Blackbird singing in the dead of night. Take these broken wings and learn to fly. All your life you were only waiting for this moment to arise. Blackbird singing in the dead of night. Take these sunken eyes and learn to see. All your life you were only waiting for this moment to be free. Blackbird fly Black bird fly Into the light of the dark black night. Blackbird singing in the dead of night. Take these broken wings and learn to fly. All your life you were only waiting for this moment to arise. You were only waiting for this moment to arise. You were only waiting for this moment to arise. Lyrics by John Lennon and Paul McCartney

Fall 2013 Volume 1 Issue 2

Our Voices, Our Visions

Mental Illness Miracles: Memoirs of Connection in the Darkness by Nathaniel Hall

I look into a dark room only to see people hidden underneath the linen. How many people benefit from what I have to say? I look into the eyes of those who come to hear my stories and I strangely see in them myself many years ago. I make a connection through sharing my own knowledge that has come from my own experiences with mental illness. There is no way to determine if they take with them what I offer. All I can say is that I have seen a smile emerge from what was once a pale gaze. If only I could capture the look in a person’s eyes when I reveal the details and history of my own struggles? I refer to the outer realms of my own reality: the signs on the downtown stores had hidden codes telling me of the danger that lies ahead. The therapist searches the depths of my mind to find ways to increase my functioning. The road to recovery has become safe from the problems of a forgotten era –dextromethorphan and alcohol. The grunge music rock star’s tune echoes in my head. There is nothing like making a connection with someone who is lost in the darkness. I was once lost in the darkness. A taunting voice chuckled at my efforts to regain my sanity. But somehow in the last 15 years I found light at the end of the tunnel. There is a sense of sanity now that was once a world of strange perceptions. What I say is no longer a muttered mess of delusional context. Mental illness miracles emerge from delusions in the darkness. I have heard stories of people being told by their psychiatrist “this is the best that you will ever be.” I find this to be an outrageous statement to make to any person. I have always believed that recovery is endless. I have personally had many psychiatrists and several therapists since mental health became an issue in my life. I was over - medicated and some of the highly paid doctors I saw really didn’t know what to do with me. It was around this time that someone made a connection with me in my darkness. For anonymity purposes, I will call him Dr. Livingston. Dr. Livingston may be the person who literally saved my life. He tried to dig a little deeper into what confused other therapists that I had seen. His calm demeanor brought comfort to my life in many ways. He truly went above and beyond to save someone whose recovery could have slipped through the cracks. Because of the successful experience I have had with Dr. Livingston, it leads me to believe that everyone who lives with a mental illness needs individual psychotherapy or what is called “talk therapy.” Many ask me, “Why are you so open about having a mental illness?” People have told me that I act as if I am proud to have a mental illness. I use my mental illness as an example of how people can get better. We need more advocates in the community. We need more family members to share the story of their loved one’s struggles and achievements. Generous contributions to local programs that help people who struggle with behavioral health issues can make a significant difference. What will you do to help? The more we educate our communities about what it is like to live with mental illness the more stigma will be eradicated. It is concerning that there are many in society that are homeless and hungry who have severe and persistent mental illnesses that go untreated for far too long. I wonder why we have more mentally ill people in jails and prisons than we do in psychiatric hospitals. The last seven years of working in the mental health field has shown me that all people living with mental illness can improve. Keep hope alive that things will balance out over time and that darkness will become not only light – but life. Thank you for reading my newsletter. Please enjoy the poetry corner on the next page.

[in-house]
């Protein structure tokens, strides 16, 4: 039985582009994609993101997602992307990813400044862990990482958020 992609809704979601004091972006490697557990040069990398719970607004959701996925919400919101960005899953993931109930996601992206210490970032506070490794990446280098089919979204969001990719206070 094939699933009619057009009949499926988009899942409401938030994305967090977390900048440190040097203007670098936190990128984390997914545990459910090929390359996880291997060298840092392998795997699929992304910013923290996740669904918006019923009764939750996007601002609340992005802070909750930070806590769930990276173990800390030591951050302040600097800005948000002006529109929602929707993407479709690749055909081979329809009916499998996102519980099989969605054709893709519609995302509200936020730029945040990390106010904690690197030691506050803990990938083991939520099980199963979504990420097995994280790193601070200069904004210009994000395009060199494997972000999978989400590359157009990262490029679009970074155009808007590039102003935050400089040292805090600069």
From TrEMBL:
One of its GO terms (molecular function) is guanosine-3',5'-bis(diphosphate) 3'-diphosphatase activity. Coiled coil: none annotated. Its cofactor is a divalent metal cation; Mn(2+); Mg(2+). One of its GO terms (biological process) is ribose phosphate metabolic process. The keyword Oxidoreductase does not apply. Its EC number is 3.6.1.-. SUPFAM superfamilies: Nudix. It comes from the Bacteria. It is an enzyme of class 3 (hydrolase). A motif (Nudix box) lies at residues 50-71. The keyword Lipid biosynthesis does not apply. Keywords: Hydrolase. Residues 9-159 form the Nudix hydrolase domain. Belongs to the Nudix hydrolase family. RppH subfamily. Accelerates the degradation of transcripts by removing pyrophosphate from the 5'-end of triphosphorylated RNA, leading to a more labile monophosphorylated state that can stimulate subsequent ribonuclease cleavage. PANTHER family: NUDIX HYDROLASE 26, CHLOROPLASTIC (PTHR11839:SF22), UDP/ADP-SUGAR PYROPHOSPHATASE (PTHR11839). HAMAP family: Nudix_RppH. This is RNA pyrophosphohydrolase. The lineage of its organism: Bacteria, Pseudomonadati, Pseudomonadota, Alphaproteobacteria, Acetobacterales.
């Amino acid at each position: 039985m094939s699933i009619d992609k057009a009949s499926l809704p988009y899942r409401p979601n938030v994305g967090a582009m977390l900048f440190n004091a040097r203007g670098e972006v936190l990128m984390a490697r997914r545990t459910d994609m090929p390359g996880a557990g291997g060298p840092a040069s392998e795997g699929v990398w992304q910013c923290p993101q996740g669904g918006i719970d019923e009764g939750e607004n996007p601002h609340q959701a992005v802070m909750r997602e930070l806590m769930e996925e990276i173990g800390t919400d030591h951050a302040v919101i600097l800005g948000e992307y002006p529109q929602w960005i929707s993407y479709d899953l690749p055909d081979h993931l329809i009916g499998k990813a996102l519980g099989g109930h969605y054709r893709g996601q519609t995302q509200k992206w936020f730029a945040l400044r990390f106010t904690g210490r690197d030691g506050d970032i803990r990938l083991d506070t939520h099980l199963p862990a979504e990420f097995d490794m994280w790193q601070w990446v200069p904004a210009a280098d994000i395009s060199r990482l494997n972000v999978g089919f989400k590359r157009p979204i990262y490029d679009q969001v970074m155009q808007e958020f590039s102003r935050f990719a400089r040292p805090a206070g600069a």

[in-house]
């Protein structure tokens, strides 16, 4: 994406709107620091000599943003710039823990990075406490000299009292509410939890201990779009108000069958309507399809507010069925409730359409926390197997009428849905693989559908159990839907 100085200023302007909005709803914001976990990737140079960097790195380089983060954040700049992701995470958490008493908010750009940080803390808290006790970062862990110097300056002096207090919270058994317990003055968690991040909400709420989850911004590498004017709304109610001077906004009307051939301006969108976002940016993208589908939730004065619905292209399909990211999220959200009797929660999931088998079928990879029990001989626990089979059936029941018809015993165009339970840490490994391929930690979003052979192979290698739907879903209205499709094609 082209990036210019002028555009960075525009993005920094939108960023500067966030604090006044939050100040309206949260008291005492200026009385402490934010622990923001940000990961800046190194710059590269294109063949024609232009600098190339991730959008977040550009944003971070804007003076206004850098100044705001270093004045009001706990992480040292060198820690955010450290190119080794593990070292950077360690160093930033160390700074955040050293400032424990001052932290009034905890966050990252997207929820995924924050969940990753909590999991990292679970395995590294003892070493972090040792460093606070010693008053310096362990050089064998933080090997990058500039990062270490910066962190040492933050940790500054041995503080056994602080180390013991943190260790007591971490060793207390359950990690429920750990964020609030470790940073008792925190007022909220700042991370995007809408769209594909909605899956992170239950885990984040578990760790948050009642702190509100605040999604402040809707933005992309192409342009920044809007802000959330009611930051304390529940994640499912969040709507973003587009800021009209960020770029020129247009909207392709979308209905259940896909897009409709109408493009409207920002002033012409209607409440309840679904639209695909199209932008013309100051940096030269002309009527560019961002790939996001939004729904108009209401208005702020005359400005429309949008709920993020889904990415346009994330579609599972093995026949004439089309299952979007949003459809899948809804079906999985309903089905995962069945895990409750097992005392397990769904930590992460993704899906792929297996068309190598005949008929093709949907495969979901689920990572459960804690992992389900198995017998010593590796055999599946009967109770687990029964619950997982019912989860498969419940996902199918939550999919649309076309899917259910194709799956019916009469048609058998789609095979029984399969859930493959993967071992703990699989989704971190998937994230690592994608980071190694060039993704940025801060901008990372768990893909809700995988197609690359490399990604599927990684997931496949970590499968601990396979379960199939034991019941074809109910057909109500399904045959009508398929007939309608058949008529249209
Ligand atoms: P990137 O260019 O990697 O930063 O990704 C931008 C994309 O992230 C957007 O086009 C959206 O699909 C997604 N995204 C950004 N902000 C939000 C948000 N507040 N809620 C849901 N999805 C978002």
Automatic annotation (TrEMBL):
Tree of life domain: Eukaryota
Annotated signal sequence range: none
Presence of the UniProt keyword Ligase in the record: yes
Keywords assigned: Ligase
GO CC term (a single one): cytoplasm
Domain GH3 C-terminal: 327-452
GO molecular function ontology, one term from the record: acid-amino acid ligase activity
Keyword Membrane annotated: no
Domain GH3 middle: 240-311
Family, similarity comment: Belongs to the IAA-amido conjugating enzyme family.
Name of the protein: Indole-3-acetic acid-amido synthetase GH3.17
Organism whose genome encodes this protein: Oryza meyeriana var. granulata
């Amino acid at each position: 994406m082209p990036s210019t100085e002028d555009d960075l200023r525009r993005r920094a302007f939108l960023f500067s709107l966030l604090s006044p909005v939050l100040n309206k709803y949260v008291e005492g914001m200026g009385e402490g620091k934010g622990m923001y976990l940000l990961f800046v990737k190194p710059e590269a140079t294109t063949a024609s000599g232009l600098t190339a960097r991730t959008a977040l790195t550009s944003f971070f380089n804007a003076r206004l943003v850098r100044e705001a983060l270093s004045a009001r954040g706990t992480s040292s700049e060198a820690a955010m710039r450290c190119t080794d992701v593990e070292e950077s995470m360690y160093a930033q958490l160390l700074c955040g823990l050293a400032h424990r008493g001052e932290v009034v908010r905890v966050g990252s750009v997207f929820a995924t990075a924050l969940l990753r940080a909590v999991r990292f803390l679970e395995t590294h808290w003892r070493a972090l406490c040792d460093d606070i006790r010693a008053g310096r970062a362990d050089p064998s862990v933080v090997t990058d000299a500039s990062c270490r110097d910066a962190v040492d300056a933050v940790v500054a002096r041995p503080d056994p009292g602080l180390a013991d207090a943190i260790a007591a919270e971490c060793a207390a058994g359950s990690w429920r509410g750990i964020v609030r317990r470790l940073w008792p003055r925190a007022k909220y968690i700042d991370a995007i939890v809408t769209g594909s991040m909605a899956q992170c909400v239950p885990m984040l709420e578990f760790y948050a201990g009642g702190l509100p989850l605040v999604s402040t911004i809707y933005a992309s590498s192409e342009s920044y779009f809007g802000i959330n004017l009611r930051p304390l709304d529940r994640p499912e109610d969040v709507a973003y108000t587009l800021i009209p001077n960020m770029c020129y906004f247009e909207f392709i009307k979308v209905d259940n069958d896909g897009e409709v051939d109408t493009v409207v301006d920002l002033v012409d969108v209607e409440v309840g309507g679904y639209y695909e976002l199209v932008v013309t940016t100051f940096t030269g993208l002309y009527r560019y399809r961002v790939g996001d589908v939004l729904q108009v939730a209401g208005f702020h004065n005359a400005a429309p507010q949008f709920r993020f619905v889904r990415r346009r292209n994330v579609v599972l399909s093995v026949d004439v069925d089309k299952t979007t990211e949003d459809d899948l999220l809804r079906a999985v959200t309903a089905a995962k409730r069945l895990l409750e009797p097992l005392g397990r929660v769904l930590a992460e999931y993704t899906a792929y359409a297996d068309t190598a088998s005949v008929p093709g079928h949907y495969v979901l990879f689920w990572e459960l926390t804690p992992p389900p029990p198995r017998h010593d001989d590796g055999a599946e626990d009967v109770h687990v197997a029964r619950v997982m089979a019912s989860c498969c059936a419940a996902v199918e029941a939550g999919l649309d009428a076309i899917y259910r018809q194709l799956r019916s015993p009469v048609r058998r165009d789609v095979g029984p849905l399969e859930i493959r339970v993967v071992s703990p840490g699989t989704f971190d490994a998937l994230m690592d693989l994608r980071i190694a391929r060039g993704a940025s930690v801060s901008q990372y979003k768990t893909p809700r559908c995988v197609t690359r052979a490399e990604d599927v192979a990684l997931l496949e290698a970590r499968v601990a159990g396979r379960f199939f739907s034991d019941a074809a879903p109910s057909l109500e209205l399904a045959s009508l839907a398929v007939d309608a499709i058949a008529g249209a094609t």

Our Voices, Our Visions

Poetry Corner Poem by Nathaniel Hall Broken Wings, Broken Brain

Broken wings, broken brain Let me help you spread your wings. ‘Cause I know that you will fly again. Broken wings, broken brain – Your meds will make your thinking clear again. They told you that you would never fly. Now you’re above them Now you’re in their sky. Broken wings, broken brain The sun has finally replaced that cold rain again. I think that you have had your time of gray clouds The moon will shine and the stars will gleam For mental illness can’t be as dark as it seems Broken wings, broken brain Together we will find a way

Editor: Nathaniel Hall, BA, CRPS-A Peer Specialist Coastal Behavioral Healthcare Crisis Stabilization Unit (CSU) 941-364-9355 x4433 [email protected]

Fall 2013 Volume 1 Issue 2